“The 2000s Made Me Gay” Is a Pop Culture Filled Ode to the Queer Millennial Experience

Because I am a gay millennial, The 2000s Made Me Gay: Essays on Pop Culture caught my eye immediately. Like author Grace Perry, my coming-of-age years neatly overlapped with the 2000s, I turned 10 in 2001 and 18 in 2009. I acutely remember the pre-smartphone days of the internet — chatting on AIM, filling my iPod knock-off with illegally downloaded music, reading print magazines, and poring over niche blogs and forums.

Despite being close in age to Perry, I was skeptical that I would find this book relatable because — the 2000s definitely didn’t make me gay. I didn’t even realize I was queer until 2011! But as I started reading, I discovered that Perry didn’t realize right away either. The book examines 2000s pop culture partly through the lens of her younger self, who was at first so closeted that she didn’t even know she was in the closet, just like me. Perry’s essays also offer layers of wise hindsight, exploring how certain pop culture tropes contributed to how closeted so many gay millennials were — and how they influenced what kind of gays we would eventually grow up to be.

As Perry notes in the introduction, it is obviously impossible for pop culture to truly make someone gay, but pop culture can “shape our responses, internal and external, to such preexisting gayness.” And as she describes, some quintessential pieces of 00s pop culture — like Mean Girls and The Real World — lodged little nuggets of misogyny and homophobia into young queer brains. They taught us that men determine a woman’s worth, and that “lesbian” is an insult — a term for a woman that no man wants to date and no woman wants to share a pool with.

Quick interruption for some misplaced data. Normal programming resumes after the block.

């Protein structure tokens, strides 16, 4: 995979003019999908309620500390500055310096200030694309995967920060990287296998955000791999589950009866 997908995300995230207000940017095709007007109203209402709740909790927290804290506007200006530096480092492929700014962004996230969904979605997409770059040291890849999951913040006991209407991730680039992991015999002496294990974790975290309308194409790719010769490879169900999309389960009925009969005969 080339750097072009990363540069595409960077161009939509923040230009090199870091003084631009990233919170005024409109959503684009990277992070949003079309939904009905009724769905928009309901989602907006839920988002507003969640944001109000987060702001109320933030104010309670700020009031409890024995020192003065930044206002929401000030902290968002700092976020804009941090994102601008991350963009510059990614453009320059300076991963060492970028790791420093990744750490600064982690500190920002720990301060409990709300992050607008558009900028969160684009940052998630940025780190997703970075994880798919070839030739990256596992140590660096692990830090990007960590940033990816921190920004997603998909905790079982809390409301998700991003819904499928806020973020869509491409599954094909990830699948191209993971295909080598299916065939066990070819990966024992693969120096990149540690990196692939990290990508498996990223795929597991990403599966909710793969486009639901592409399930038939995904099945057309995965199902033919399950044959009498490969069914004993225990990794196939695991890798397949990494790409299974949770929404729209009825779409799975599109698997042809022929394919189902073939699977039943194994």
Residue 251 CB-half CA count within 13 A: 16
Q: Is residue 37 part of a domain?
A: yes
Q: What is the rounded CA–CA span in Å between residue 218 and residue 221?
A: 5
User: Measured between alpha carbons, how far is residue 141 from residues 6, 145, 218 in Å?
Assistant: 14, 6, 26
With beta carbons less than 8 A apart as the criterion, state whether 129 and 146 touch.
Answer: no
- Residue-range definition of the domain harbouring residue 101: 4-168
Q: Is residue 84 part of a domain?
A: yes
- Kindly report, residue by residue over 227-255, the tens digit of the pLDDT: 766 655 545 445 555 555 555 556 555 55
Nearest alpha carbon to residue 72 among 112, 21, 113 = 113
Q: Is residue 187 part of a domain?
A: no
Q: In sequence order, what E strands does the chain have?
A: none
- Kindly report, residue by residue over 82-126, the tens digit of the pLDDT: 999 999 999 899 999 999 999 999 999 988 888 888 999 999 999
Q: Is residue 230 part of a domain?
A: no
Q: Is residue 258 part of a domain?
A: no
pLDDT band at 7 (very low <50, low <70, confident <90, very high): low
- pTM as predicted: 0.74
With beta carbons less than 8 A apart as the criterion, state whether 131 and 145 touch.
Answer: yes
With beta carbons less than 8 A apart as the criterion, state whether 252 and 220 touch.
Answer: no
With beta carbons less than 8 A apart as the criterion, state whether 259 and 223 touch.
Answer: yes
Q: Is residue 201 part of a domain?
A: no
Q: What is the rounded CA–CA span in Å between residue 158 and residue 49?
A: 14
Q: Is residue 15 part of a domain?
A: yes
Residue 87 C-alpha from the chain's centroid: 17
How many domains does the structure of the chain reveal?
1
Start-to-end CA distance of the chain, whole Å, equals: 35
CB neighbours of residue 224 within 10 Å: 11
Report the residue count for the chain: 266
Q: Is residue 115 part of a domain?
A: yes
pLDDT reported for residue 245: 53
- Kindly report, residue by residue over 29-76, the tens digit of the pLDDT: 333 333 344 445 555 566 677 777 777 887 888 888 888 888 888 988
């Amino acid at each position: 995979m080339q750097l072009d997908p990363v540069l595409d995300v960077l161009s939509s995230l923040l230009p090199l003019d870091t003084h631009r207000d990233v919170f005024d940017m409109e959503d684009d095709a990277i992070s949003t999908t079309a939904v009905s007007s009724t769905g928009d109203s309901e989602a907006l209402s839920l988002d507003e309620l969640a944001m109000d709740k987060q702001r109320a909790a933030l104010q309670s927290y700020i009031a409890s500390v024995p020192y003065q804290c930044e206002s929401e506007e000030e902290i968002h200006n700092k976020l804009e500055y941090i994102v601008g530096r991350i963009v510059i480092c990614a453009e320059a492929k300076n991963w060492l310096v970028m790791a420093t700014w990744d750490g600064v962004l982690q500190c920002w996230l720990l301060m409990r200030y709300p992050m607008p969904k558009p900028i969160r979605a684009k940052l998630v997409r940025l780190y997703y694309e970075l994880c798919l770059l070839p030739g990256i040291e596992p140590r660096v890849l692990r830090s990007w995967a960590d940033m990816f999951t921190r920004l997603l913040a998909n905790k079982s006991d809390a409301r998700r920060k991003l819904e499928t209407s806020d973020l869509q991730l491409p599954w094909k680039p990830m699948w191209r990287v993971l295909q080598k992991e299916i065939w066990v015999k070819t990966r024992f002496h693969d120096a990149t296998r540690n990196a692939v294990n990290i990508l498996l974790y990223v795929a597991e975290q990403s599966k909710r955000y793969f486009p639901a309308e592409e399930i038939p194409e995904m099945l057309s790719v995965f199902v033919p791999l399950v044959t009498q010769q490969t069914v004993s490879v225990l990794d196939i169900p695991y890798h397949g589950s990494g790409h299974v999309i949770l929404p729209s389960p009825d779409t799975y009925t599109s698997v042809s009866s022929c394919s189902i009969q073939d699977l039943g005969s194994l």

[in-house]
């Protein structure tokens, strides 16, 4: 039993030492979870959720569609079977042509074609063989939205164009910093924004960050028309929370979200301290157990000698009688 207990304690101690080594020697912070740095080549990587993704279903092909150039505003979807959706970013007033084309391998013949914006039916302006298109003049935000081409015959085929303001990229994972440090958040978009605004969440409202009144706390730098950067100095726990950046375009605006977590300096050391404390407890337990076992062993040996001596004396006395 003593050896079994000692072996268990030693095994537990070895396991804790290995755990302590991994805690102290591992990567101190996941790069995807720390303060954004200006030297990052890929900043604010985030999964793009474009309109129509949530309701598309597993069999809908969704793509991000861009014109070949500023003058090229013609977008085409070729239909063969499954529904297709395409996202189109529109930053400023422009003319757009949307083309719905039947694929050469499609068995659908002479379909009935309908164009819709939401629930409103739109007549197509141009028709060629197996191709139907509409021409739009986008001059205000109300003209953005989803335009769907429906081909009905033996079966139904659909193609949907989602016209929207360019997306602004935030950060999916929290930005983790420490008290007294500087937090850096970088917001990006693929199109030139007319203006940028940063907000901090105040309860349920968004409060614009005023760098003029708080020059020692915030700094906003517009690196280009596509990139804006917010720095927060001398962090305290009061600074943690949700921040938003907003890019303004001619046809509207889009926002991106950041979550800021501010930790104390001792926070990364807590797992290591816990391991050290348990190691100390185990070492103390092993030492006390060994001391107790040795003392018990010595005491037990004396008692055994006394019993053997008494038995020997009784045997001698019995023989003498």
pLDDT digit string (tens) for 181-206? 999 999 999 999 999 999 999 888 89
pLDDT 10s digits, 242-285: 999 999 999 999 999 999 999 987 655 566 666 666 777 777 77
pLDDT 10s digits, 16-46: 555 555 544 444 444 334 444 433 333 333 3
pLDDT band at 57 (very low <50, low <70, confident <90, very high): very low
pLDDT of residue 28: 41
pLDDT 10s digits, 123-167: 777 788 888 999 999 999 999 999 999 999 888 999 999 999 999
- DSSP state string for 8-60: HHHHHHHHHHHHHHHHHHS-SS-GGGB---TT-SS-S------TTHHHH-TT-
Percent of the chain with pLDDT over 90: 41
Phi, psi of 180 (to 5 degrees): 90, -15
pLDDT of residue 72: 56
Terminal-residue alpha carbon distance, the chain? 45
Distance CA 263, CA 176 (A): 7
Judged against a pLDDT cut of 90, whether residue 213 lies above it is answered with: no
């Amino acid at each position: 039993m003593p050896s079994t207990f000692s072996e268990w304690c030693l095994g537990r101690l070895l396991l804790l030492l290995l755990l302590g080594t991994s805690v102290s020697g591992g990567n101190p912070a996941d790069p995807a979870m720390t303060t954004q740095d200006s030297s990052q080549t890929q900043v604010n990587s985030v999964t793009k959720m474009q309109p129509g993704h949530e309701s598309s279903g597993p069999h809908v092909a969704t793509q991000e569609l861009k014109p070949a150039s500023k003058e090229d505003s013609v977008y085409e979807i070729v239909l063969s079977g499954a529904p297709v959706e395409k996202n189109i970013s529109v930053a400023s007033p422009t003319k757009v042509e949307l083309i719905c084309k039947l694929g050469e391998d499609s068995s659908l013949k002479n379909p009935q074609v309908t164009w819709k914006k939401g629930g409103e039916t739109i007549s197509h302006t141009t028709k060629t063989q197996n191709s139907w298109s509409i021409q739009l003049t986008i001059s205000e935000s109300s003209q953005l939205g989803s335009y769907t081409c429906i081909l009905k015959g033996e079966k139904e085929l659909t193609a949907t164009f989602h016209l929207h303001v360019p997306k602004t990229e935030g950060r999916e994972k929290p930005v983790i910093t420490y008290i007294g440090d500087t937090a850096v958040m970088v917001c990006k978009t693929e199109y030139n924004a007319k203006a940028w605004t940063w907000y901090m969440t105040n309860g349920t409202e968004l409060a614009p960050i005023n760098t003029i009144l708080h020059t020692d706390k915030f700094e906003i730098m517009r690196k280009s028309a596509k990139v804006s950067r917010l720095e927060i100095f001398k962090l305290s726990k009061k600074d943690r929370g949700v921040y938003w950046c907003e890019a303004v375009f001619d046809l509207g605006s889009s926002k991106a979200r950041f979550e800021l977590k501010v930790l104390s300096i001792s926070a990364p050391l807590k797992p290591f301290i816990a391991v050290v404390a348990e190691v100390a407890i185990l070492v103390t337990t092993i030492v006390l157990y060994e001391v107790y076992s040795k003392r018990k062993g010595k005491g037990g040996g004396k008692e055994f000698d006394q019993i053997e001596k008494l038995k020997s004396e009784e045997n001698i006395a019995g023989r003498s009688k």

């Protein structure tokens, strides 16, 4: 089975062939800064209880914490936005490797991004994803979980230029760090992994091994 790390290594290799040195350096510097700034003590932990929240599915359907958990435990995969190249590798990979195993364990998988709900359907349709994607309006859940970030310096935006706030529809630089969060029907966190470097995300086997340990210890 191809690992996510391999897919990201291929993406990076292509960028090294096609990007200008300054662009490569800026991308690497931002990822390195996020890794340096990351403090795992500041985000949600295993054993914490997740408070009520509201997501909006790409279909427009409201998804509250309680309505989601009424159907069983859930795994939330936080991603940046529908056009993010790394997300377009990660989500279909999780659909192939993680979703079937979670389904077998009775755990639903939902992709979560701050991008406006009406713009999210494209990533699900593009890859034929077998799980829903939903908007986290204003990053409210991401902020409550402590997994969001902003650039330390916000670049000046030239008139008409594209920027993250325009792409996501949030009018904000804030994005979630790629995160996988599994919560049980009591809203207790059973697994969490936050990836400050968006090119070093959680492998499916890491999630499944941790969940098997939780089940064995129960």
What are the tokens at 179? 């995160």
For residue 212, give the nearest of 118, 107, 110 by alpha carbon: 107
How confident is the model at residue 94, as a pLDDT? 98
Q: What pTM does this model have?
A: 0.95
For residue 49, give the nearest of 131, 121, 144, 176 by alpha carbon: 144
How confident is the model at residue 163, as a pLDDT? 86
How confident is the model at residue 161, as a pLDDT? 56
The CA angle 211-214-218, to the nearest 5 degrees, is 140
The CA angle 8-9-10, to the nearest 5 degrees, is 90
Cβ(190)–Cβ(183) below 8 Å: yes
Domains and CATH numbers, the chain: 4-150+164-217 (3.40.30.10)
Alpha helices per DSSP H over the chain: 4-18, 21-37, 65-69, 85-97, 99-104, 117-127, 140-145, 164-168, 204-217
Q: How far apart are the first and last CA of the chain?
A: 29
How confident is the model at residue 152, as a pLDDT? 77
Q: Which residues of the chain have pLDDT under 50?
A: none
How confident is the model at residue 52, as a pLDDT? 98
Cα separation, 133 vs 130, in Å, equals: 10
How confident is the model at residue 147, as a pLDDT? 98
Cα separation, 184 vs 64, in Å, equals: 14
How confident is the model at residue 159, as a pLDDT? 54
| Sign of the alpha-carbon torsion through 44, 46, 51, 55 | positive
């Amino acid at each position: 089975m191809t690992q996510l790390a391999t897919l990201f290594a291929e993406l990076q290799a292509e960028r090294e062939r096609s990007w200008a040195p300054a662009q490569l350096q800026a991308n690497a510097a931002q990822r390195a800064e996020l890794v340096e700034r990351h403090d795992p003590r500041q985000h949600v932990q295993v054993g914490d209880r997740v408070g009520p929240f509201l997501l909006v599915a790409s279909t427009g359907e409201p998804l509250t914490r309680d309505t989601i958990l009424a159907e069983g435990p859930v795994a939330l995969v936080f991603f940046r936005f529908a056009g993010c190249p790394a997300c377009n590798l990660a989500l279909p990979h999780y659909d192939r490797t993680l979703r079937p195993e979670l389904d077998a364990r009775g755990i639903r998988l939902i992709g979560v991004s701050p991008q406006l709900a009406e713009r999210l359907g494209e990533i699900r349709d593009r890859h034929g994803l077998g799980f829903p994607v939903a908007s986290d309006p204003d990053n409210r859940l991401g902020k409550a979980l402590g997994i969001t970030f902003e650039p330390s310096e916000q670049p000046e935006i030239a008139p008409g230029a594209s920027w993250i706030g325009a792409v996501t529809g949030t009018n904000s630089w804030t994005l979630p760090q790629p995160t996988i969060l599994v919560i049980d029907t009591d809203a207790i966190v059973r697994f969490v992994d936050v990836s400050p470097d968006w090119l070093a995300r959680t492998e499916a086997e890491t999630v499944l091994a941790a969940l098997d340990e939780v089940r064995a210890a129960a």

Pop culture wasn’t the only source of such lessons, but it was influential, in ways that are easy to miss or write off. As an adult, I more often think about what I didn’t get to see in pop culture as a kid (namely, openly gay Black femmes) than what I did see and how it impacted me. Perry touches on this invisibility too, along with the ways that 2000s pop culture offered up lessons on other parts of growing up, like how to be a girl, how to have sex, and even how to dress.

The 2000s feel like so long ago now, they have been reduced to a nostalgic aesthetic (hello, “Y2K” fashion) by the current young queer generation. But The 2000s Made Me Gay is filled with visceral blast from the past reminders of what those years were actually like. Some of the details, like AIM away messages and the intricate rules of The Real World/Road Rules Challenge, made me feel like I was time traveling. I can’t remember large chunks of the 00s, thanks to trauma and what Perry calls “Closet Brain,” and there is a lot of guilt, shame, and regret associated with having been obliviously closeted for all those years. Yet Perry’s essays reminded me why I was so damn scared of queerness in the first place: “We went to high school when f*ggot wasn’t even considered an F-word.”